Grain Free Diets… Friend or Foe? It’s Complicated

There have been several articles in the news recently about the health concerns of feeding grain free diets. One of the articles was published here in the New York Times.

Articles like this one have focused on the concern about a heart condition called cardiomyopathy (DCM). The articles are a little misleading because, as of now, there has been no study that has been able to definitively link an exact cause of the increased DCM that cardiologists have seen. An important issue with pet food is to ensure that the diet fed meets the nutritional levels recommended by the AAFCO and that it is balanced to meet the nutritional needs of your pet. One of the nutritional requirements is that it should include Taurine, an amino acid that when low, has been linked to the development of cardiomyopathy (a serious heart condition).

To lump all grain free diets as problematic is not really appropriate, when there has been no scientific study definitively pinpointing the cause of DCM to grain free food. The real issue is not about feeding grains vs grain free but rather feeding a diet that is not nutritionally balanced. Because the pet food market has gotten so large and there is little regulation on nutritional requirements, there may be some foods that do not meet the nutritional needs of all dogs. As of now, no specific diets have been definitively implicated that may be causing the DCM issue.

The University of California Davis Veterinary School Nutrition Department has this to say about the current grain free discussion. “Due to the variable and sometimes incomplete reported diet history information for affected dogs, the inability to predict diet performance in any individual from nutritional profile/ingredient information, and lack of proof of causation, it is not possible to identify specific dietary characteristics nor specific products that are or are not recommended at this point.”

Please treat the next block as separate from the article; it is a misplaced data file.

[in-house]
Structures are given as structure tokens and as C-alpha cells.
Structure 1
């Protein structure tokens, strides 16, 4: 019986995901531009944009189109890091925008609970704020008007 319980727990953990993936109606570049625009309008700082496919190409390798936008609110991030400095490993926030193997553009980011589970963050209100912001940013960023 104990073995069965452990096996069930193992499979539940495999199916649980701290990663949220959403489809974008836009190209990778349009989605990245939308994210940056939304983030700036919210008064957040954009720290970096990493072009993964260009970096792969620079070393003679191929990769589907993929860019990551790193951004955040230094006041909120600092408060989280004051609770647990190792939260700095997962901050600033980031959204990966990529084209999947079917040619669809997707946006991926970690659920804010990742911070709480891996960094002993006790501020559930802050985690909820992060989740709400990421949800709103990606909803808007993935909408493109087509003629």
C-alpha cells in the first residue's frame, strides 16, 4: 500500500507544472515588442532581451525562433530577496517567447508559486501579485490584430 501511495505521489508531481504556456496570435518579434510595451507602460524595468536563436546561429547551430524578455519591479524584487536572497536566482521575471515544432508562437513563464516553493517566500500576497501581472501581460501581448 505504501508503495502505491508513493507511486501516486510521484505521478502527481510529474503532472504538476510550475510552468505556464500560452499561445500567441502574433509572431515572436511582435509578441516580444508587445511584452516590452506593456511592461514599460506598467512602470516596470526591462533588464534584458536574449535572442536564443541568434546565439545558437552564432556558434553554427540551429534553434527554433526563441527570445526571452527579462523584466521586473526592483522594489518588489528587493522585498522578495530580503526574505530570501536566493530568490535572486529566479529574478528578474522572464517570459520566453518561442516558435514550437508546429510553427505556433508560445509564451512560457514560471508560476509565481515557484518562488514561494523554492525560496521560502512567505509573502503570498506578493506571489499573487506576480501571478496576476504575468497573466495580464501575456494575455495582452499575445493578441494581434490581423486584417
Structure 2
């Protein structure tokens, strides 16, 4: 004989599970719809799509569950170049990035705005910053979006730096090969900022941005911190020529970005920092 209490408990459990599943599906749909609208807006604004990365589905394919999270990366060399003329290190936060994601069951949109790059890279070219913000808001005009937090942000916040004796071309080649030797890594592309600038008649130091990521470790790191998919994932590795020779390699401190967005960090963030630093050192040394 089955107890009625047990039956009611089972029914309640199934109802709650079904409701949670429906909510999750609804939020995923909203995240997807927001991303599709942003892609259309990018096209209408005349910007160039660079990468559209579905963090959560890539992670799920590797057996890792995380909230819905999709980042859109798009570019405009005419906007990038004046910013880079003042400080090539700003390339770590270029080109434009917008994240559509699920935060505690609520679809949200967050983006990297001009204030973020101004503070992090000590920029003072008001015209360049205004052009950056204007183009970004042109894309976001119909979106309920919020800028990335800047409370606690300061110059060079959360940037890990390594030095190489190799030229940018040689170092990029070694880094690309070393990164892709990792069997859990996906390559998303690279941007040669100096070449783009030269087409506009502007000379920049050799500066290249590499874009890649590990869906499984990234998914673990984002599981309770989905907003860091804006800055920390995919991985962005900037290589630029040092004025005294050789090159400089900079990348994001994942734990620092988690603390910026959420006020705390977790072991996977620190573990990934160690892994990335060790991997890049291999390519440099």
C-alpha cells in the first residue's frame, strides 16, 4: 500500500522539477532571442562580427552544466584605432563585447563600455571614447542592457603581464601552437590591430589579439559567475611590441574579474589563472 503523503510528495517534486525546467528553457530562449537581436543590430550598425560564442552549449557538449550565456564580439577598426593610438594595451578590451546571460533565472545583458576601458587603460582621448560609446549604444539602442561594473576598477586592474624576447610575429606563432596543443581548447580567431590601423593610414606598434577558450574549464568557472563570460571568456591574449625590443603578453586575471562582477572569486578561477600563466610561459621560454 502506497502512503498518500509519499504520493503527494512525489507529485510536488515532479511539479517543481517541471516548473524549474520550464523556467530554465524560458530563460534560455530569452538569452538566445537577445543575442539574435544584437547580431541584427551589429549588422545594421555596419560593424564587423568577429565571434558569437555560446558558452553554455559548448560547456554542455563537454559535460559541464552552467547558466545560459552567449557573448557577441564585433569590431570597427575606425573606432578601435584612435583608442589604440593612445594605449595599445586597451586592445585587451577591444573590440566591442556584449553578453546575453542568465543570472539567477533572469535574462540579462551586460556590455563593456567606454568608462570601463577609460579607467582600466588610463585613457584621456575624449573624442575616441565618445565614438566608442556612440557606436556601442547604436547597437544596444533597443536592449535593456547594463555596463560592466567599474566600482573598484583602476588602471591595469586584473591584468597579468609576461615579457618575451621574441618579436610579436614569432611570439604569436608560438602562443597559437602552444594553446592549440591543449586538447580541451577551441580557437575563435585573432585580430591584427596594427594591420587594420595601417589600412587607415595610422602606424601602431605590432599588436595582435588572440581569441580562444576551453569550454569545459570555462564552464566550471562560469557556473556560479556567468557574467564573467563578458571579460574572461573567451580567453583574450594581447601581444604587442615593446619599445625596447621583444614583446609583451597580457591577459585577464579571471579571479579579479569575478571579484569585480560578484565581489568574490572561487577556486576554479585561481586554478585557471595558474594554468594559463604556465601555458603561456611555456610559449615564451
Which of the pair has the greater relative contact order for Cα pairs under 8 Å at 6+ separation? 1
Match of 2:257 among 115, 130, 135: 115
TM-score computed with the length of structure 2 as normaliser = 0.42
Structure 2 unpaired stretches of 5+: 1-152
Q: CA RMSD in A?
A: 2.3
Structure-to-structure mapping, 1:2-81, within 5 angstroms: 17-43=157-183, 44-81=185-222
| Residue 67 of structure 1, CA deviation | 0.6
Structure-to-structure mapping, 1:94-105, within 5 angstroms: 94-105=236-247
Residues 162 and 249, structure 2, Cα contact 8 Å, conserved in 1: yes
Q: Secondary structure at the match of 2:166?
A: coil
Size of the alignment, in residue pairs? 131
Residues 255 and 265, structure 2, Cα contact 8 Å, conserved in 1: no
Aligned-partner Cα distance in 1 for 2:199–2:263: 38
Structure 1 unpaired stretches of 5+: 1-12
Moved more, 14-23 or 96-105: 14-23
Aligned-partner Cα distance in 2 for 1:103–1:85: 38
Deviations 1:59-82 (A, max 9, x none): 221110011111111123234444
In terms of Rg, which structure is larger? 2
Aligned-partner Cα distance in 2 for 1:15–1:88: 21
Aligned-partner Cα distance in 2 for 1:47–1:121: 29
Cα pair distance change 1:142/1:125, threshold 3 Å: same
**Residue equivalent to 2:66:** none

Mobile Pet Vet works with veterinary nutritionists to help formulate homemade diet recipes and we recommend commercial diets that are formulated to meet the AAFCO nutritional levels. We often do recommend removing wheat gluten and corn from our patient’s diet and continue to see benefits from diet change alone with patients who suffer from skin issues, inflammatory bowel disease, obesity, and even arthritis. We recommend asking us before changing your pet’s diet because as this article points out… it’s complicated to decipher all of the diets available to feed your pet these days!!

In cases where we are concerned about the potential for dilated cardiomyopathy in your pet, we may recommend getting blood Taurine levels or checking specific heart enzymes (a blood test) on your dog.  We also work closely with local veterinary cardiologists to further evaluate our patient’s cardiac health.


Lisa Beagan

Lisa Beagan

Dr. Lisa Beagan is a 1995 graduate of the Cummings School of Veterinary Medicine at Tufts University. After working in an equine practice then a small animal clinic, she opened Mobile Pet Vet in 2003. Dr. Beagan has also completed a veterinary acupuncture certification through the International Veterinary Acupuncture Society.

More from the Blog